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According to the U.S. Government’s Office of Personnel Management, more than 2.7 million people work as civilian employees of the U.S. federal government. For all practical purposes, they are entirely compensated by taxes imposed on the 140 million Americans who are employed in occupations outside of the federal government.
Chris Edwards of Downsizing the Federal Government has been keeping track of the trends for the average compensation of federal bureaucrats and for Americans who work everywhere else since 2000.
In 2015 federal civilian workers had an average wage of $86,365, according the U.S. Bureau of Economic Analysis (BEA).5 By comparison, the average wage for the nation’s 112 million private-sector workers was $58,726. Figure 1 shows that average federal wages grew rapidly for a decade, then slowed during the recent partial pay freeze, and then started rising again in 2014 and 2015.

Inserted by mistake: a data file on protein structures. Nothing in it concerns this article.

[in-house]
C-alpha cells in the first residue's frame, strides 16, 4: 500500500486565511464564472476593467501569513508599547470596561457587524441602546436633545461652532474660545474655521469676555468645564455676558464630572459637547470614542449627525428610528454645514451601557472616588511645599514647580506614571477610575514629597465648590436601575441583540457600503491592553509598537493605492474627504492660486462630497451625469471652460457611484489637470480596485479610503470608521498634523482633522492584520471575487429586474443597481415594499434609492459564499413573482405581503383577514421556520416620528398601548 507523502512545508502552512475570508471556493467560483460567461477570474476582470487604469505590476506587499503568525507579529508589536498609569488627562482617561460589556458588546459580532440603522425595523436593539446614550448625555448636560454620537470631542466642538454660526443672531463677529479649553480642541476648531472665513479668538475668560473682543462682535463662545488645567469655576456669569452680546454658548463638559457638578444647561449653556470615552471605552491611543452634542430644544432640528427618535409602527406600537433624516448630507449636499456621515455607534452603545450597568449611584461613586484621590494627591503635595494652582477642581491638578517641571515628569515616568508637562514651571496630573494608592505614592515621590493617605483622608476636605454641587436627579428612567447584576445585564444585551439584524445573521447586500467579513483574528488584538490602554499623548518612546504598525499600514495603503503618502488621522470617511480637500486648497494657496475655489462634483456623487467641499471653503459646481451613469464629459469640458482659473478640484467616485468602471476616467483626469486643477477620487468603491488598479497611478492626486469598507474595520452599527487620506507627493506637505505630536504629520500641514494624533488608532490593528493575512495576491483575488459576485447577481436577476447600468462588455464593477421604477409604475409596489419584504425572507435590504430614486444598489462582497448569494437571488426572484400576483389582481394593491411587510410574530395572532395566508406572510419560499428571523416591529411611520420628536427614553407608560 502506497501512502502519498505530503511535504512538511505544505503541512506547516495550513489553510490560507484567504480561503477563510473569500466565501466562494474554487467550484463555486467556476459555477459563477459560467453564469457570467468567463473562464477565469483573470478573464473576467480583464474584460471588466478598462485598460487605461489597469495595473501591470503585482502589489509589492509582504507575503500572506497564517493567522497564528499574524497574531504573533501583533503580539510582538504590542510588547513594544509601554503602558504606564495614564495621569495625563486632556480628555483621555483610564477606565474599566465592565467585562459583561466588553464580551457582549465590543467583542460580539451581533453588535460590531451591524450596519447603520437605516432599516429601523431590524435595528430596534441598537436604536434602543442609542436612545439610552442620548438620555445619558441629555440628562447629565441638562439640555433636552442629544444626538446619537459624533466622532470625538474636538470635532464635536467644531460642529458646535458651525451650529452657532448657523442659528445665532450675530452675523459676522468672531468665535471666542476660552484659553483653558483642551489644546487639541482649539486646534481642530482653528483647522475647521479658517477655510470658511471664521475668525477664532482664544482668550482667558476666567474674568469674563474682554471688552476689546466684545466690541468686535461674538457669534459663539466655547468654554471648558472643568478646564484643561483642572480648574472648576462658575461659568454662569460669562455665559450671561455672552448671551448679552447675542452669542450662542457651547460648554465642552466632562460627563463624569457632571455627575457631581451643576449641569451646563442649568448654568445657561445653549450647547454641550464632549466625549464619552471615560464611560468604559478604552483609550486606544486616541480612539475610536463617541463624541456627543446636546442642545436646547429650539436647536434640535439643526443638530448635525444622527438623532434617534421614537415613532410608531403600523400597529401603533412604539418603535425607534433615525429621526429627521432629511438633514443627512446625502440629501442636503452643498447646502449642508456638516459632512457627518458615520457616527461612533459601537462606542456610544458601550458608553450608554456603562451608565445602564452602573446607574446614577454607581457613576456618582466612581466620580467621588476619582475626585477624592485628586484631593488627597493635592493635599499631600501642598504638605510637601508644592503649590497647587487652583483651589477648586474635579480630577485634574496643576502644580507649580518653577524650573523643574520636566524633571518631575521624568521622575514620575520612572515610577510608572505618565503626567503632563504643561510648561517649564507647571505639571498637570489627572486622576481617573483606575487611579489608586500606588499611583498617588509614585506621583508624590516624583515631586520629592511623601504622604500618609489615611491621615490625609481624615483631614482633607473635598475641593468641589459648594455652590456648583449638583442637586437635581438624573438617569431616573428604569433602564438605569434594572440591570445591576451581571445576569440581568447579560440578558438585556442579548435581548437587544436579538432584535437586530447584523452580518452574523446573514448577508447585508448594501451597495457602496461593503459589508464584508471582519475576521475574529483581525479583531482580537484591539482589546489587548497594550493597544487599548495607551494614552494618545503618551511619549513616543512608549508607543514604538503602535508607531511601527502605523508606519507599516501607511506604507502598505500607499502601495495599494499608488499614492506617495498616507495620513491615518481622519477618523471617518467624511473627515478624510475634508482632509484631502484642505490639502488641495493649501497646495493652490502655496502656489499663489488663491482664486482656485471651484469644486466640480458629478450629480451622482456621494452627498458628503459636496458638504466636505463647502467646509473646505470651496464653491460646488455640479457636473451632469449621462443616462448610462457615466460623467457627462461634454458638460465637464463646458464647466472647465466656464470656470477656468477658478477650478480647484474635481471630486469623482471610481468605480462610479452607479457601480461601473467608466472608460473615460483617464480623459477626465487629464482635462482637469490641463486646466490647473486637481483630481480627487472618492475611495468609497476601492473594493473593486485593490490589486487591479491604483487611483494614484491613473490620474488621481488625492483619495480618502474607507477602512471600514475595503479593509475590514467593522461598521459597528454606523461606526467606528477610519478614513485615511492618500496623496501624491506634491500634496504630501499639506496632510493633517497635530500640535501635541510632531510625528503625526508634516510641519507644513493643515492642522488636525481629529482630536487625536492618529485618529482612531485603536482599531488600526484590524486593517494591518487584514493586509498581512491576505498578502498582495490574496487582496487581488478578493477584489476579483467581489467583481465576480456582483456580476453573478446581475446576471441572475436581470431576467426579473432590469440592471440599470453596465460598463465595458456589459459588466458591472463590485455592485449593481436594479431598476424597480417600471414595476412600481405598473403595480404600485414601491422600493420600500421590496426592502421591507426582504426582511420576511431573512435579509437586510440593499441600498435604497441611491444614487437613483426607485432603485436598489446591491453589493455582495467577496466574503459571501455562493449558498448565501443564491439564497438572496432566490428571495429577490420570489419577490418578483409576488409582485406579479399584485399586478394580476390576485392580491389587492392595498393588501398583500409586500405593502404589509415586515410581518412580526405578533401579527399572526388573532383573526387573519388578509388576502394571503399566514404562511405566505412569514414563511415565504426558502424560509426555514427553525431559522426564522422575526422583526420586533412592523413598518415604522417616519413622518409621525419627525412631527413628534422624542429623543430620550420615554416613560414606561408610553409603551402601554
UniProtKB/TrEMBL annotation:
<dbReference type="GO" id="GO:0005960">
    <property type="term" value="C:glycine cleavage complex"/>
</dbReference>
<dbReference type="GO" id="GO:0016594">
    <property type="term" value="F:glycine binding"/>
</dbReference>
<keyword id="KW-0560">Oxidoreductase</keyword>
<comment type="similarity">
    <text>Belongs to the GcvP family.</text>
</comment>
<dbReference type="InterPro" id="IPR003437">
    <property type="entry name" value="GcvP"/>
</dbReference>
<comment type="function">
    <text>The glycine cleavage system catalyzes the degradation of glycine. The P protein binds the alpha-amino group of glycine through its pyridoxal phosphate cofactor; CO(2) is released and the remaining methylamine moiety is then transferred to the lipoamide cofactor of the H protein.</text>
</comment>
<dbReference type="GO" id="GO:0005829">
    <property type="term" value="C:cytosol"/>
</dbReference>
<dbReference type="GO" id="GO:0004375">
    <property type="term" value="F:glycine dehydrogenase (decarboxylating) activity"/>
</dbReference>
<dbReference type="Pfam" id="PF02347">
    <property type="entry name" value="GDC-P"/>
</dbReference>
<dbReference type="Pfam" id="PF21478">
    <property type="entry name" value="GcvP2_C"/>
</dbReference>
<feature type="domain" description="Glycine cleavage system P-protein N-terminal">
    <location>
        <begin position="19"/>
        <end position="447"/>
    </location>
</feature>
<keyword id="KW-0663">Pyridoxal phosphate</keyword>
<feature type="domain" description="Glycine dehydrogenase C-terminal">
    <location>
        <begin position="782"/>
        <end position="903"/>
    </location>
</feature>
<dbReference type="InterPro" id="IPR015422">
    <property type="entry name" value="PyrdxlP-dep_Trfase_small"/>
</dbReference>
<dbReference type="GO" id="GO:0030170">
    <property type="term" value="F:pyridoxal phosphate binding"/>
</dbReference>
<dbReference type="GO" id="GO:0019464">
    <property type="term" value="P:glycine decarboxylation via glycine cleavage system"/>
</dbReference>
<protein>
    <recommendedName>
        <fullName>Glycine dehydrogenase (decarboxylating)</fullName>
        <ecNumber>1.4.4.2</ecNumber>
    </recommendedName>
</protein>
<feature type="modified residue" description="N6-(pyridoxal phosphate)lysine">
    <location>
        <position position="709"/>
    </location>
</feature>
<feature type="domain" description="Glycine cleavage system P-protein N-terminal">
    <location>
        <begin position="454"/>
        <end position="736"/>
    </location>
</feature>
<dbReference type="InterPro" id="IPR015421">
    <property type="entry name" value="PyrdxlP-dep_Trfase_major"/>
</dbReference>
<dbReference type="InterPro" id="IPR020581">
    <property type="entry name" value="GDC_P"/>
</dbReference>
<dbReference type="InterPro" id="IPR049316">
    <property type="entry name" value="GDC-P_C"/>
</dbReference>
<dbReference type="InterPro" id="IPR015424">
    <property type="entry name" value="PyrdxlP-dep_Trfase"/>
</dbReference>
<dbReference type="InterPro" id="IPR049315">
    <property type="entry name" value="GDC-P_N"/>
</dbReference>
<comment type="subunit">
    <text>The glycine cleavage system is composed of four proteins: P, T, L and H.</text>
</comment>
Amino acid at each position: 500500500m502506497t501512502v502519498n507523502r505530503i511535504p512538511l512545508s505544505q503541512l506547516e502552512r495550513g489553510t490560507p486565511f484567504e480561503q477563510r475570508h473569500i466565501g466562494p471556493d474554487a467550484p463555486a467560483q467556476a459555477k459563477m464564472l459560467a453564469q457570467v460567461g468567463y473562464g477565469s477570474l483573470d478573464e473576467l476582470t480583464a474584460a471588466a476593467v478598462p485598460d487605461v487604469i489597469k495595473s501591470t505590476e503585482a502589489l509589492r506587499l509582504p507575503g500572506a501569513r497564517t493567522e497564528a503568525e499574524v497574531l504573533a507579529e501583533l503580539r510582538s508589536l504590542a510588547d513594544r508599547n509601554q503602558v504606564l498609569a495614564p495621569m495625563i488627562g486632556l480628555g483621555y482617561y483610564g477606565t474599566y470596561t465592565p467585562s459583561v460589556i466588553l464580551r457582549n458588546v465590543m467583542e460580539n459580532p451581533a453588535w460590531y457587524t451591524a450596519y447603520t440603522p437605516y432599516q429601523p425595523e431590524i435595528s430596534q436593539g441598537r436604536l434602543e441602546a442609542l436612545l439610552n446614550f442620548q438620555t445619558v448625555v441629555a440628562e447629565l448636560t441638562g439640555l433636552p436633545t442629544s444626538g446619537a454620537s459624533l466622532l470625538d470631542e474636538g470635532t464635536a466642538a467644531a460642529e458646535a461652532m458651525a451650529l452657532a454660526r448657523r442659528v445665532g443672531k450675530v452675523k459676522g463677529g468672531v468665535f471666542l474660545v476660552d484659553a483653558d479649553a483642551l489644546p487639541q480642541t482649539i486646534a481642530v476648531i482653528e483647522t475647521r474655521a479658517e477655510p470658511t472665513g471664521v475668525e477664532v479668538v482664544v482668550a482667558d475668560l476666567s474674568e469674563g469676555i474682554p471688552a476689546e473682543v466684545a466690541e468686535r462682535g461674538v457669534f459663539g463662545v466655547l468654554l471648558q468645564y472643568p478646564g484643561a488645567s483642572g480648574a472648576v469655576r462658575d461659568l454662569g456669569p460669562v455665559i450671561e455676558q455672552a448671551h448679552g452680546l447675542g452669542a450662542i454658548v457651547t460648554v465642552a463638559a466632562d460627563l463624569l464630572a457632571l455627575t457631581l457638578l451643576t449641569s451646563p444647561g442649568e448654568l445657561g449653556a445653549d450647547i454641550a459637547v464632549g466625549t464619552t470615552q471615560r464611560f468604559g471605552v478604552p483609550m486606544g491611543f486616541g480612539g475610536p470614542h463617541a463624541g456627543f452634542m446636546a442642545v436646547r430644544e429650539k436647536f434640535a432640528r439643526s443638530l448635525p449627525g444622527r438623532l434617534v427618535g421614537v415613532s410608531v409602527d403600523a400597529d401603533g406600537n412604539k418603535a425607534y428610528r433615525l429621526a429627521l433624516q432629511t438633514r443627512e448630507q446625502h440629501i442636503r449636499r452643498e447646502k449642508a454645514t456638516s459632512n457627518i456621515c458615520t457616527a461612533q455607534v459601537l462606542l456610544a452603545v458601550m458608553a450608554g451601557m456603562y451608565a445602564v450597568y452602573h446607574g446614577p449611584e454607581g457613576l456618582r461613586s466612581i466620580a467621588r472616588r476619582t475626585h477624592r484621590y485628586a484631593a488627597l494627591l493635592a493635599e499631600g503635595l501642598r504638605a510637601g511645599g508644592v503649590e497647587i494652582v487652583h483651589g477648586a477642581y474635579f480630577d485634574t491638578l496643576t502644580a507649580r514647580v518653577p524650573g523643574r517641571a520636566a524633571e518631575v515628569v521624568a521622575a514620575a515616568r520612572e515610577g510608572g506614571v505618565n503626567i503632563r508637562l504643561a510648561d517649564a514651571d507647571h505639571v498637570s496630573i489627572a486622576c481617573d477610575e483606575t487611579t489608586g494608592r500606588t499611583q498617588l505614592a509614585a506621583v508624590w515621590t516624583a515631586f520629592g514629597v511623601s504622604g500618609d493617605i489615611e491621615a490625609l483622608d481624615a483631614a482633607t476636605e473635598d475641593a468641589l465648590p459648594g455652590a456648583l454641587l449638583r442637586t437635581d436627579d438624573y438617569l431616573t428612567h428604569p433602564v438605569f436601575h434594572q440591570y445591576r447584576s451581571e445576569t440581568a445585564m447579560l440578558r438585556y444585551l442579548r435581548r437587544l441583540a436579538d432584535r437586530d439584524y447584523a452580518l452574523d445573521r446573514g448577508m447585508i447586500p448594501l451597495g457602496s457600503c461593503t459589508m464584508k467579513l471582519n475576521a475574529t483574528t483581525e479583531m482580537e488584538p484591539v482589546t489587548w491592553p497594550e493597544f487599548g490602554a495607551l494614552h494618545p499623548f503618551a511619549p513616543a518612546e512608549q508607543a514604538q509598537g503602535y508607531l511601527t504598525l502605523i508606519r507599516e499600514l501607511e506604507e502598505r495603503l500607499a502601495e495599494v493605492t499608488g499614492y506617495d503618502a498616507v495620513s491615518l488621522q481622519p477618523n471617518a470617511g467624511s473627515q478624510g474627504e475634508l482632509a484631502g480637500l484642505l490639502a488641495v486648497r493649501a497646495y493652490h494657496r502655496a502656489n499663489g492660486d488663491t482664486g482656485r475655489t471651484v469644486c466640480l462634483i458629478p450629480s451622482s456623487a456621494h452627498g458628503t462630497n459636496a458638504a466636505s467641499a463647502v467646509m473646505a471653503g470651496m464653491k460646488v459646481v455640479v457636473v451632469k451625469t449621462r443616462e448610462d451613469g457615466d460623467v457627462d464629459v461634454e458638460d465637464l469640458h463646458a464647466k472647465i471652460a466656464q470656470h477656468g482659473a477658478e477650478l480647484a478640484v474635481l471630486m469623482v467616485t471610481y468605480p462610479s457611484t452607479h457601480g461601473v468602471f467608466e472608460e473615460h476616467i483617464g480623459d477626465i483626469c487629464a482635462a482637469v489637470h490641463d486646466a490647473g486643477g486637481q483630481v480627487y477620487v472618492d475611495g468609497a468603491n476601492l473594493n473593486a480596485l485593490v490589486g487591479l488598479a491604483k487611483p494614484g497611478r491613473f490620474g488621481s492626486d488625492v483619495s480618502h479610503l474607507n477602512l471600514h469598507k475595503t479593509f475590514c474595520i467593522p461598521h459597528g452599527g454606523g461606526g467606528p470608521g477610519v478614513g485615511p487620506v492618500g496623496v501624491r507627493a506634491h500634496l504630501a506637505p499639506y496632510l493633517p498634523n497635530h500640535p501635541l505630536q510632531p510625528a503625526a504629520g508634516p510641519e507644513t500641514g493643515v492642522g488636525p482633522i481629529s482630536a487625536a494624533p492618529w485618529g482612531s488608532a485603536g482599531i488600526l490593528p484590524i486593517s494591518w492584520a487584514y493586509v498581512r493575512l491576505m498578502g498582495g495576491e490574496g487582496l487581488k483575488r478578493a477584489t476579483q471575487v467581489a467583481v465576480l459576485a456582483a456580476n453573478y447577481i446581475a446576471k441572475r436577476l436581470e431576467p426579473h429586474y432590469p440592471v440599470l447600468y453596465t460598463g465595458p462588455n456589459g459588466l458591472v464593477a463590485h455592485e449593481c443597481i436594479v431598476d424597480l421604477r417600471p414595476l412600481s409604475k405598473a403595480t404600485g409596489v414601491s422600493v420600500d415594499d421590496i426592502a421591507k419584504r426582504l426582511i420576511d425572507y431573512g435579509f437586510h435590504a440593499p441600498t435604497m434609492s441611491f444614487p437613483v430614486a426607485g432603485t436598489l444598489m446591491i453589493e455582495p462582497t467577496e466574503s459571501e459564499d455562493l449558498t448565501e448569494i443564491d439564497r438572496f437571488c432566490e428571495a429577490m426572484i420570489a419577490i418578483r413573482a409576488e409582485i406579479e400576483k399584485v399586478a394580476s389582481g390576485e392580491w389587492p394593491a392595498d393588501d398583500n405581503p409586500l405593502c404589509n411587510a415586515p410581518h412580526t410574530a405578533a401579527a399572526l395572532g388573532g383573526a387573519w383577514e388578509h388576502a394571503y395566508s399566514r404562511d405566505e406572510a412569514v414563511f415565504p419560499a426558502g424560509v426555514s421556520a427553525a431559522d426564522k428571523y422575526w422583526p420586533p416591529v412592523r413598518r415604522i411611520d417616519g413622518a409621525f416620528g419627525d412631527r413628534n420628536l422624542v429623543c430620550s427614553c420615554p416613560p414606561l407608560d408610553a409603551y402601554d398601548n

When benefits such as health care and pensions are included, the federal compensation advantage over private workers is even larger, according to the BEA data. In 2015 total federal compensation averaged $123,160 or 76 percent more than the private-sector average of $69,901, as shown in Figure 2.
The BEA data can be broken down by industry. Among 21 major sectors that span the U.S. economy, the federal government has the fourth highest paid workers after only utilities, mining, and management of companies. Federal compensation is higher, on average, than compensation in the information industry, finance and insurance, and professional and scientific industries.
With an average income of $86,365 in 2015, the typical federal bureaucrat would fall in the 86th percentile of all income-earning individual Americans, which is to say that only 14 percent of Americans make more than the average civilian employee of the U.S. government. And that’s without counting the very generous benefits they receive as part of their total compensation.